After Surgery Care and Recovery Food Recommendations for Dogs

After surgery, your beloved pet dog will need time to heal. It is a special time to care for your dogs. The longer it takes for your dog to heal, the more there is a risk for infection.

The vet offers post-op care directions that must be thoroughly followed. It includes giving special attention to what your dog eats. Understanding how to take care of your pet will get it back to its feet in no time.

What to Expect After Surgery

Regardless of what type of veterinary surgery, dogs will be sedated. Anesthesia may wear off hours after, or sometimes, it may take a couple of days. Healing time varies from dog to dog. It may be a time of confusion for the dog. Add to it the pain and discomfort from the wounds. Dogs might be shaky, drowsy, sore, and lacking the urge for food.

Feeding After Surgery

A dog’s stomach might be a little queasy after an operation. So, offering a small healthy meal and fresh water is better when it is time to eat. A bland home-cooked meal is ideal. However, don’t stress if the dog doesn’t eat. It typically takes 24 hours for a pet to regain its appetite.

If appetite does not come back after 48 hours, or if there is vomiting or diarrhea, you must contact the emergency vet immediately. It can be a sign of infection or pain. Why not check this link for more information on emergency cases?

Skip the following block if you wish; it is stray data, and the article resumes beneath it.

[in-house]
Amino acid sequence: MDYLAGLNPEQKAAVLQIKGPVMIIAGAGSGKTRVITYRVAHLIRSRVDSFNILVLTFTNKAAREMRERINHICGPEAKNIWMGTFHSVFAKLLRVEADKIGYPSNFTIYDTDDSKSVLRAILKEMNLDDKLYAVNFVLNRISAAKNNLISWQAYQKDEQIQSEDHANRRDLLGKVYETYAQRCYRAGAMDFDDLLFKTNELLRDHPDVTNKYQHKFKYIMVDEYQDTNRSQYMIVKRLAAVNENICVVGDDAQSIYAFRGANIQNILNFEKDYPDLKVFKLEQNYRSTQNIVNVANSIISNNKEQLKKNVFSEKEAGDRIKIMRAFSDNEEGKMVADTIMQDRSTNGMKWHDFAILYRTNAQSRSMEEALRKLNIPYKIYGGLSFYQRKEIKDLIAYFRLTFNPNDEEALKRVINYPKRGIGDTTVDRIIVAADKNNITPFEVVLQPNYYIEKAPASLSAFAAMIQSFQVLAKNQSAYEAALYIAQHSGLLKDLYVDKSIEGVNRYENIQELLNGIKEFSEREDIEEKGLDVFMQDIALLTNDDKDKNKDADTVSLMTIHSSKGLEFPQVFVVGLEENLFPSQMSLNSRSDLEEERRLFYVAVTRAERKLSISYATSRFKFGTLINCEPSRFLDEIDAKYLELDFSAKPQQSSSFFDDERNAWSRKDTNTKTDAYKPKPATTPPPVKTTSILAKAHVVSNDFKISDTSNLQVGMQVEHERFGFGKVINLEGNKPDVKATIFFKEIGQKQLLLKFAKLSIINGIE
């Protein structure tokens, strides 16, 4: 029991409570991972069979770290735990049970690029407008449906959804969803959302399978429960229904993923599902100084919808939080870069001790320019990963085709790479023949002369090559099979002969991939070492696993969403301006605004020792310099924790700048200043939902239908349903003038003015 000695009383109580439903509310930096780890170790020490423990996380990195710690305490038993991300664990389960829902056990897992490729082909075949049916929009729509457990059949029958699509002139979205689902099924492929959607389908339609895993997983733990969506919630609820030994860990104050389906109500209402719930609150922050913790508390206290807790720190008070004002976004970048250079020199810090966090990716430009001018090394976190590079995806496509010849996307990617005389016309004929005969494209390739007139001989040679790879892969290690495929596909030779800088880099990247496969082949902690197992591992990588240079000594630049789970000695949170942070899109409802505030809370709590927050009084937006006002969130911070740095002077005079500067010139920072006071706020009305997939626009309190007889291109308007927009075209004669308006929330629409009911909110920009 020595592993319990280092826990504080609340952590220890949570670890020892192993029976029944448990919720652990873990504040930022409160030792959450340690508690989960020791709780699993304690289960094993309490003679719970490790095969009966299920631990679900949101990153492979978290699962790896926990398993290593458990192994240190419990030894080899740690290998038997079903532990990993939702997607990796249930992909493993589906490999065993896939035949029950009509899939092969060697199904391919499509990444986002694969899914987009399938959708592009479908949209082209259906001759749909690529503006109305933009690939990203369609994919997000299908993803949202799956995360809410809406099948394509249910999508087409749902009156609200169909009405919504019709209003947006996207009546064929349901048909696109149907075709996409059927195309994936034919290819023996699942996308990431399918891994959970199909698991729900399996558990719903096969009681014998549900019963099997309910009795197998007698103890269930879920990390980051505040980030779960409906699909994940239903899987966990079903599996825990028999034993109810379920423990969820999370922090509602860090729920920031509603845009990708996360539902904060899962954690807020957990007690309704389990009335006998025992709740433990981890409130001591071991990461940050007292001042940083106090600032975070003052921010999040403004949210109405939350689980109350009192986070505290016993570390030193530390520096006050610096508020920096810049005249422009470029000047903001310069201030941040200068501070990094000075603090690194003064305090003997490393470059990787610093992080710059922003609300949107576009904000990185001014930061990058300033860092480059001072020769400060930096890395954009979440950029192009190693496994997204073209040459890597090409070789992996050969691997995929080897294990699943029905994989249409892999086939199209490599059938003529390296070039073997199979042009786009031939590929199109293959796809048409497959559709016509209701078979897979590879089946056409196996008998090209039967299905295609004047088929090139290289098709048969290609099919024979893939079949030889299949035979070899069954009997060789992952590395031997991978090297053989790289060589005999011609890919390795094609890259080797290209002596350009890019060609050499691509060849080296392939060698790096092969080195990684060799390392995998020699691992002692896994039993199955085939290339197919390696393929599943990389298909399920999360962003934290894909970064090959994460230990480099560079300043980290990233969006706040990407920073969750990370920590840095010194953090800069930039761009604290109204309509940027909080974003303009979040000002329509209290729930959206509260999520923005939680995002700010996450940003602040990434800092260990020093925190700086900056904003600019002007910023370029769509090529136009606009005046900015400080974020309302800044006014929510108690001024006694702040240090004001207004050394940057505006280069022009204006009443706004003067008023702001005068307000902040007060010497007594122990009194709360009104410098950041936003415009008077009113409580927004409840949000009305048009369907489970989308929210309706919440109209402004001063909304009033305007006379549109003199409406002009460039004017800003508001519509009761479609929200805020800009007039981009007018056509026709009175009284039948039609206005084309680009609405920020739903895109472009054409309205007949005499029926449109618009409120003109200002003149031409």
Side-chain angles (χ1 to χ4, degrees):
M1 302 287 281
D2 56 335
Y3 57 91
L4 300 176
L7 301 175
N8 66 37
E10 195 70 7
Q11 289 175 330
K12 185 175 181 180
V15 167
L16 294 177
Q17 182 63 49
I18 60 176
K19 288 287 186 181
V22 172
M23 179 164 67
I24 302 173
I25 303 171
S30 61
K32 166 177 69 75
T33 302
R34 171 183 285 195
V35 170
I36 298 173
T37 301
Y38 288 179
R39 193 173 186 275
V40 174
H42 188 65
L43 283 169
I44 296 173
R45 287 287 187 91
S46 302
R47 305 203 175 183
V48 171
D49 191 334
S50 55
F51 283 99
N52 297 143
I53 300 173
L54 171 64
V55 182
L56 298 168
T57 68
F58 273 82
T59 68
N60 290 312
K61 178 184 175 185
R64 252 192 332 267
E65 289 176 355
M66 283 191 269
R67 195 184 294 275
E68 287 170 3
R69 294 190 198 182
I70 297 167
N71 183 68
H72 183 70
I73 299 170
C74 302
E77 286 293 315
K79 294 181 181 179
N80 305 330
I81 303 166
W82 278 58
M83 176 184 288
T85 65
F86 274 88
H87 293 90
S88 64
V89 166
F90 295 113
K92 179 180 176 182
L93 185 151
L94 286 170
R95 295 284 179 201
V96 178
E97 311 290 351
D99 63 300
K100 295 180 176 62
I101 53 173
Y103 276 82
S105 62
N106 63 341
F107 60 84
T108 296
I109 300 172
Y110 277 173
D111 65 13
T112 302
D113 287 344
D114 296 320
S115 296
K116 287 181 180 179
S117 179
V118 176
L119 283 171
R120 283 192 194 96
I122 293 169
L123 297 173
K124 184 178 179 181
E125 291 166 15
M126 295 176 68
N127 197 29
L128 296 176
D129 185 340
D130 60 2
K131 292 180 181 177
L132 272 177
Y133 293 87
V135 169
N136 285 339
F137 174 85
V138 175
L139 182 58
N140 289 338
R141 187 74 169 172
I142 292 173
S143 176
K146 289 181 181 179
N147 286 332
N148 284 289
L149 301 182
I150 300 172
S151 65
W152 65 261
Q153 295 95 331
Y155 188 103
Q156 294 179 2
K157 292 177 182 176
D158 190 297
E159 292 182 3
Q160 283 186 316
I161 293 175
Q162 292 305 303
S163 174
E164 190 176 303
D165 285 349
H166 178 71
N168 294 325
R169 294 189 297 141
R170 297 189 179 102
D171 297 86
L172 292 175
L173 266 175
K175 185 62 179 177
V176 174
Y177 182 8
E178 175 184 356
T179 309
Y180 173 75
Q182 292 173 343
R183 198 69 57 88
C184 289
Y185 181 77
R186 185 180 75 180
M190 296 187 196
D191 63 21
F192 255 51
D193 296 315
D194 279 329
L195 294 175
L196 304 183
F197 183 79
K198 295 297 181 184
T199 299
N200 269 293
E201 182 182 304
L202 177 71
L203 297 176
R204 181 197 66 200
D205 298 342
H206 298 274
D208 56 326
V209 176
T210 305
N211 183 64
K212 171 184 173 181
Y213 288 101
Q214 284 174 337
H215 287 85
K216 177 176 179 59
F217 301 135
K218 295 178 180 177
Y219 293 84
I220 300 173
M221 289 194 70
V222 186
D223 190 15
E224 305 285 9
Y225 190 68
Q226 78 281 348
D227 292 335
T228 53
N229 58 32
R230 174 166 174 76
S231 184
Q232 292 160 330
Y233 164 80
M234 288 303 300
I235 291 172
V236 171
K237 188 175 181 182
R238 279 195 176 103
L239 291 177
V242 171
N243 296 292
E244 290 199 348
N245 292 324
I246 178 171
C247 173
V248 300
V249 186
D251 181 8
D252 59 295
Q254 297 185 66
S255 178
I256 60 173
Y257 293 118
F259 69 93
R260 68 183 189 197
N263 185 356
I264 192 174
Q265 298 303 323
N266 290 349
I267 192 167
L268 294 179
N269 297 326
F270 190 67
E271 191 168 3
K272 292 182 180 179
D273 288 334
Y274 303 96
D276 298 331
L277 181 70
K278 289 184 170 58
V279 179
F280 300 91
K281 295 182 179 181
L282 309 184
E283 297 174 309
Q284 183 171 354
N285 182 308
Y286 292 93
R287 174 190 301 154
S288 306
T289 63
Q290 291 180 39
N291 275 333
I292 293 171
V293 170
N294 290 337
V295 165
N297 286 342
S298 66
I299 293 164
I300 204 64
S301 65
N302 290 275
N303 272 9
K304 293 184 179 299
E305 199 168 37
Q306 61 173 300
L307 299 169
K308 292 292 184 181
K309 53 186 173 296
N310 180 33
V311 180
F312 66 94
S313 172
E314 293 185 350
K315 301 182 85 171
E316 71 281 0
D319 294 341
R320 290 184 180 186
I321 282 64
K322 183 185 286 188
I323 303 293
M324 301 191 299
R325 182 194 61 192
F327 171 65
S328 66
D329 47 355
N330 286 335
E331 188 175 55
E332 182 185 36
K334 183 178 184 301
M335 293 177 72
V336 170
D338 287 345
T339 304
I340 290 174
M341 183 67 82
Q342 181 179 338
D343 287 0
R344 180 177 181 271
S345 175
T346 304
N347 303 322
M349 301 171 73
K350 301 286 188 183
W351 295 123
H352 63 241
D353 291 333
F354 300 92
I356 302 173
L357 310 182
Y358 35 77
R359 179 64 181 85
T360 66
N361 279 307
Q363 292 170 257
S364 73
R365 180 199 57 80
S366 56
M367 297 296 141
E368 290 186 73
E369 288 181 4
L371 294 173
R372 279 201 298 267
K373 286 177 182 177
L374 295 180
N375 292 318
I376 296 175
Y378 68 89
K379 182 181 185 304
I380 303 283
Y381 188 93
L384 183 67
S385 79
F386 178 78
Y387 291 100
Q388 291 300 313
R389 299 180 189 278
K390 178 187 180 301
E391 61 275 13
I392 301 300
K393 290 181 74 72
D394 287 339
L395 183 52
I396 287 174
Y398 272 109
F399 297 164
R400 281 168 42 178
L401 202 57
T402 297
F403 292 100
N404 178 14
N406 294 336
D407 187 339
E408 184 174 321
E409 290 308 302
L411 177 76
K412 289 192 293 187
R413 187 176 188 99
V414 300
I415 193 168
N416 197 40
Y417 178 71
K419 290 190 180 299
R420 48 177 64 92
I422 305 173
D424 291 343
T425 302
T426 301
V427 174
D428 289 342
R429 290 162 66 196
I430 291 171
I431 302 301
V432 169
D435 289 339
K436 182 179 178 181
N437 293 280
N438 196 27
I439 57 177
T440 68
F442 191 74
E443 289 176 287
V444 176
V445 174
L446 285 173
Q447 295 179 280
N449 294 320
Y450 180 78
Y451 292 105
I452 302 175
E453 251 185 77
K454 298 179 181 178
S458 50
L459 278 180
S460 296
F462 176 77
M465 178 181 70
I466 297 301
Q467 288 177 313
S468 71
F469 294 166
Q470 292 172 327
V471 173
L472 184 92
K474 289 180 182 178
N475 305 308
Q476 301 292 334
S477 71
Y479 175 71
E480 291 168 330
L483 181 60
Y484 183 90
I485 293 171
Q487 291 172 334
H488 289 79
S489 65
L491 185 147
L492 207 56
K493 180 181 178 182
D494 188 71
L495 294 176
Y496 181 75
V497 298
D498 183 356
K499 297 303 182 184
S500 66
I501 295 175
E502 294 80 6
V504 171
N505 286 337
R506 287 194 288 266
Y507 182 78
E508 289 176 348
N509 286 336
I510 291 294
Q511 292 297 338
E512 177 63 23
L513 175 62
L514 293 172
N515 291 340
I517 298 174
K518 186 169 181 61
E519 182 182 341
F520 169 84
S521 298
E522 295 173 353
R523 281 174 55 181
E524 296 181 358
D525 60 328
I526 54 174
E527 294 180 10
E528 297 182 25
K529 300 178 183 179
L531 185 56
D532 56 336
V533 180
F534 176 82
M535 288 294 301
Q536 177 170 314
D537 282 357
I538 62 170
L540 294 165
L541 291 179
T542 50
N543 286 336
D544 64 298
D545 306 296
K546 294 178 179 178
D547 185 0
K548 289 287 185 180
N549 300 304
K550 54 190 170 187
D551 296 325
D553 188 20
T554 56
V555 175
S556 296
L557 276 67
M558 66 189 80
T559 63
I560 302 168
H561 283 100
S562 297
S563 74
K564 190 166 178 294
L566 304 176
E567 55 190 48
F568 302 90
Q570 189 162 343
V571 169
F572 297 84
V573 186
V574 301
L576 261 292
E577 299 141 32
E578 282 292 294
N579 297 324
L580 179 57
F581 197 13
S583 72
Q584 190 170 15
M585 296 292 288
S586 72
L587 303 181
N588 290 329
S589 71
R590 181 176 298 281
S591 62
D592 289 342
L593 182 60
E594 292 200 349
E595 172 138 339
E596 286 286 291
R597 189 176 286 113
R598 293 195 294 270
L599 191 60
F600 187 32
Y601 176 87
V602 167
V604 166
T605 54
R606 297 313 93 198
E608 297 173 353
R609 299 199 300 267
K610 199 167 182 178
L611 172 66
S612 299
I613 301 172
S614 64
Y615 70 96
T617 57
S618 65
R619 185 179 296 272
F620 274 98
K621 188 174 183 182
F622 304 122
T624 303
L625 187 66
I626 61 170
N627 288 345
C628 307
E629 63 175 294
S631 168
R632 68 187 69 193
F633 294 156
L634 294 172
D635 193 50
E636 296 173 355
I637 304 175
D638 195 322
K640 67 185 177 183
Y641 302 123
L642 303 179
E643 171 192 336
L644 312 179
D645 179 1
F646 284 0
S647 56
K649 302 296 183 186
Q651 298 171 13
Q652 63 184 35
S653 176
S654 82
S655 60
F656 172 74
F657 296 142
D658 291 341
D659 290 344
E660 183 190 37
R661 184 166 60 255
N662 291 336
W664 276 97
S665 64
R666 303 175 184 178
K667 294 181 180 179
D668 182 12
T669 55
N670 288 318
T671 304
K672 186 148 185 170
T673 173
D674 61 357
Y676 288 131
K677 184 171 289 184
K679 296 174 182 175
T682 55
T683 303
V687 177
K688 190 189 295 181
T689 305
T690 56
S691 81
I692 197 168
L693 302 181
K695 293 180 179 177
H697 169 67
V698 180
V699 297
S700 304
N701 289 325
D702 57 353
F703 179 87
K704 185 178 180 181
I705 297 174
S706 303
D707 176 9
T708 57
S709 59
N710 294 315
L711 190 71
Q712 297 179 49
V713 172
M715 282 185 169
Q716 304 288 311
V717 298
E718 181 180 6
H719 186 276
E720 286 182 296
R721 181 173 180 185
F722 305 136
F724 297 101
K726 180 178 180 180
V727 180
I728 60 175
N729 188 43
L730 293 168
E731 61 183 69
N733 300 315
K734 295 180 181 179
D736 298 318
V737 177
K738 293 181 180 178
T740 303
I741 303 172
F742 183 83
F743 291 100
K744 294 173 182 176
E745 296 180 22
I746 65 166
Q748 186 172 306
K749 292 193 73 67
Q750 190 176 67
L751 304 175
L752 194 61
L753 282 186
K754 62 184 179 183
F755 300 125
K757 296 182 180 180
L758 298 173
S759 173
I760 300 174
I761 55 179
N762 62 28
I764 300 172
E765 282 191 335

Recovery Diet Recommendations

The dog can then be offered an ideal recovery diet which should be nutrition-packed. Because the dog tends to eat less, protein is needed to protect muscle mass. Foods high in energy promote healing and support metabolism. Fats are likewise required as recovering dogs will be insulin resistant, and fats repair and rebuild tissues.

Likewise, food should be attractive and tasty to motivate the dog to eat. Such post-op foods, as recommended by vets from respectable hospitals like Aadobe Animal Hospital, can be the following:

  • Boiled ground turkey and shredded chicken, bones removed
  • Boiled eggs
  • Rice

After the critical period, you can begin including more on their menu. Food that supports health and promotes healing are:

  • Small fish like sardines and anchovies and other seafood are rich in Omega-3.
  • Bone broth improves digestion, cleanses the liver, eases pain, etc.
  • Kelp is rich in iodine, selenium, zinc, and magnesium and can strengthen immunity, digestion, and thyroid function.
  • Yogurt for probiotics for those still taking antibiotics. It likewise detoxes and heals the bowel and chelates heavy metals.
  • Organ meats contain minerals and multivitamins and can also support blood building.

Practical Tips to Get Your Dog Eating

Some dogs might find it challenging to eat in discomfort. Or, maybe your dog is ready for food but is acting like a big baby. If that is the case, you can motivate your pet to eat with these tips.

Heat the Food

A little warm water to soften kibbles would help a dog without energy eat. Home-cooked meals smell quite good and are enticing when served warm.

Give Meat

If your dog snobs kibble, it’s time to offer some boiled meat or eggs. The smell of protein can do marvels for a carnivore’s appetite.

Baby Food

Maybe the starving dog is still lacking energy or still feels nauseous. You can give it store-bought baby food or blend your mix with carbs, meat, and veggies. No chewing is needed.


Get down on the floor, speak gently, and hand-feed your pet dog. A little tender loving care will be effective, particularly if the dog needs to wear the cone of shame.

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